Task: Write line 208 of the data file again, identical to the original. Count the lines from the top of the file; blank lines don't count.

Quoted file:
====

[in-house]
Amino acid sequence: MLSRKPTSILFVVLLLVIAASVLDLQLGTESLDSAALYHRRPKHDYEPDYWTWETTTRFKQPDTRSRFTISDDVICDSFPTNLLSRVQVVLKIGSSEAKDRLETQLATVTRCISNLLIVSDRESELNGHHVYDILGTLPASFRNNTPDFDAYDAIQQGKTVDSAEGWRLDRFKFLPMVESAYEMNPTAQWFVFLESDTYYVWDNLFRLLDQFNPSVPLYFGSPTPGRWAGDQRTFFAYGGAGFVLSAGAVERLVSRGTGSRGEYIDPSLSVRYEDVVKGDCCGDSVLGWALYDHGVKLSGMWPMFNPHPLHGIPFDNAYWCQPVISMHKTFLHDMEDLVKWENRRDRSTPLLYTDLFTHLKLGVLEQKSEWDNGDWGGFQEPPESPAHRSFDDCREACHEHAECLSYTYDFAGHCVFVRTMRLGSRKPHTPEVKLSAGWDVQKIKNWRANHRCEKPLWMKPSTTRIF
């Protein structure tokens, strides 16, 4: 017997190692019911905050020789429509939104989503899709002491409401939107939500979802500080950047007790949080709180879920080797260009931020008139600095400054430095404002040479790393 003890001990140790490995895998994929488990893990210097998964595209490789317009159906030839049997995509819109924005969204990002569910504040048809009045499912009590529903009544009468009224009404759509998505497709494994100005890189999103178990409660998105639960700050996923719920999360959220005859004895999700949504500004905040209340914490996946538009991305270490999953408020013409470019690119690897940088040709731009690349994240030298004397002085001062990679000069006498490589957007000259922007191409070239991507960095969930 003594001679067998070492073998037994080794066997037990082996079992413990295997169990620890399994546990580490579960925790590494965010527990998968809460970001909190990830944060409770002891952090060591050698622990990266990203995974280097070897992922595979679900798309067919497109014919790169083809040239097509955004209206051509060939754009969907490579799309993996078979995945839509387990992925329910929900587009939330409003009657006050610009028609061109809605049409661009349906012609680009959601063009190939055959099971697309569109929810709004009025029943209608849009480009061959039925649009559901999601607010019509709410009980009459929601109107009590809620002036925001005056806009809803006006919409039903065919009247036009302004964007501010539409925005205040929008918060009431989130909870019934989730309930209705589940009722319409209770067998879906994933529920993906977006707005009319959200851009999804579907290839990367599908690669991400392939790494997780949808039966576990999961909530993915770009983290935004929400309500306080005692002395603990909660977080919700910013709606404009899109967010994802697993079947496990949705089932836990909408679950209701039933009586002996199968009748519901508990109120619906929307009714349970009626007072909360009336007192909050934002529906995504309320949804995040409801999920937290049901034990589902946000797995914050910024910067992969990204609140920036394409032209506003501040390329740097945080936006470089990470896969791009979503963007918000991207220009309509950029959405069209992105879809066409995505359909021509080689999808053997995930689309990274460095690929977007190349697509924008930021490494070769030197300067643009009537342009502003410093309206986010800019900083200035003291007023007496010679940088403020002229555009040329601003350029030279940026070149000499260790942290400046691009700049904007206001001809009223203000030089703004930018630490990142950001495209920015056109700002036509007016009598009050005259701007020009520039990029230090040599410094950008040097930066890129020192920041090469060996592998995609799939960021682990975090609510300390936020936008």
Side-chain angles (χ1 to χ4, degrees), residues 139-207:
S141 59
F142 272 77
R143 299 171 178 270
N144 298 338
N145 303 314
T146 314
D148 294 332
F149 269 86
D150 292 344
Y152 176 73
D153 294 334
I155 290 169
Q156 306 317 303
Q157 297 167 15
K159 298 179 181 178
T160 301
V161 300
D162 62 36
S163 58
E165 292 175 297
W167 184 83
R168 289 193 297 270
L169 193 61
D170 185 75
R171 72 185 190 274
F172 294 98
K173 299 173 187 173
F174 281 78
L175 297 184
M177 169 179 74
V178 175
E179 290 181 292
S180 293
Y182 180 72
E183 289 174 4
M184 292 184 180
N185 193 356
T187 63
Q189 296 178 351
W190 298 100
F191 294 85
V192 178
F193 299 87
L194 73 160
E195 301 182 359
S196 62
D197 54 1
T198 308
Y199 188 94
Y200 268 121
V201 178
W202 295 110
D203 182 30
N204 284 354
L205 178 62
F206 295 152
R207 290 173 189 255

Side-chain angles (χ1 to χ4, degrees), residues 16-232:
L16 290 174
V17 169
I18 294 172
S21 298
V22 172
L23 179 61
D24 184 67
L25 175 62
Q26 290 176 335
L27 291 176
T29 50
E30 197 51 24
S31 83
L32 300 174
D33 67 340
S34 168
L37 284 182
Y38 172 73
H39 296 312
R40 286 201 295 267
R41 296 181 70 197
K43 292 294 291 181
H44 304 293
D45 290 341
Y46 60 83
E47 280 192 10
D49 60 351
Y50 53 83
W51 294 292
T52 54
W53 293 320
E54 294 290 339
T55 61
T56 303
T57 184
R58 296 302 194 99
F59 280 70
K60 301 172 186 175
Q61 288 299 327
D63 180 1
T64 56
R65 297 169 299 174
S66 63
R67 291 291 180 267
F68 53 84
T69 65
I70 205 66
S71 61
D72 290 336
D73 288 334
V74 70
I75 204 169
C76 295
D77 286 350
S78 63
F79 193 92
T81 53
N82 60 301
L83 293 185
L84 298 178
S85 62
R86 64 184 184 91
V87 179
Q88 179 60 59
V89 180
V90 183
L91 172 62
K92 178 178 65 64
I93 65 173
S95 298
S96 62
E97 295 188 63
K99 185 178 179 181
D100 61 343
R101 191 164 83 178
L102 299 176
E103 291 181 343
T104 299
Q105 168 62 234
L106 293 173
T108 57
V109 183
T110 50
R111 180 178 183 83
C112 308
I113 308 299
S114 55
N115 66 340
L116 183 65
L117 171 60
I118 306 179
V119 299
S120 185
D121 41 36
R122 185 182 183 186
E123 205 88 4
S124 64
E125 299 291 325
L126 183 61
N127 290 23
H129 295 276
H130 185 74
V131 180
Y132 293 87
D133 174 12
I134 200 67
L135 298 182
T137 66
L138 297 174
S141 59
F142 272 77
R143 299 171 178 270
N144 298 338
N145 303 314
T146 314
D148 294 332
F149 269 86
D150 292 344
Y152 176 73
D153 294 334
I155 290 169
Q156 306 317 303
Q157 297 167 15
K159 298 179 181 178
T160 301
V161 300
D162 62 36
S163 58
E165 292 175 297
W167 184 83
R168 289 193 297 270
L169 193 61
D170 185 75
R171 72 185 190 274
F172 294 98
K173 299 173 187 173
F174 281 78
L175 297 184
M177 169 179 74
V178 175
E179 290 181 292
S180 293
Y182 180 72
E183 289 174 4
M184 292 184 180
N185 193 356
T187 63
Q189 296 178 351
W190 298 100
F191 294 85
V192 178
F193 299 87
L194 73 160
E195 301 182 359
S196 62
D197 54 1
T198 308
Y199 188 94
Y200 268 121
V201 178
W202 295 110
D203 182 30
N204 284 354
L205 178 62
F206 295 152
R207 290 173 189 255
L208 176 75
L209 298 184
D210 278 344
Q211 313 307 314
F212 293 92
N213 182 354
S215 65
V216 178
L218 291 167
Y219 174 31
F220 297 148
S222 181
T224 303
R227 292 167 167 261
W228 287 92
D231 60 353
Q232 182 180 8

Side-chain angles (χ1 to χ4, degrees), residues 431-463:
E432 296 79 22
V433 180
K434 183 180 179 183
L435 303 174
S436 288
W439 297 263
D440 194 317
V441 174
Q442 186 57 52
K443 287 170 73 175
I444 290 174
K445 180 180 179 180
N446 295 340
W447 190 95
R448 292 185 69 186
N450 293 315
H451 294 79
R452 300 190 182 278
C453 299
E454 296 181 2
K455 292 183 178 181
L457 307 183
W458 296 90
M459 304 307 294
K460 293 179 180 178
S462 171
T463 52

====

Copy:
N185 193 356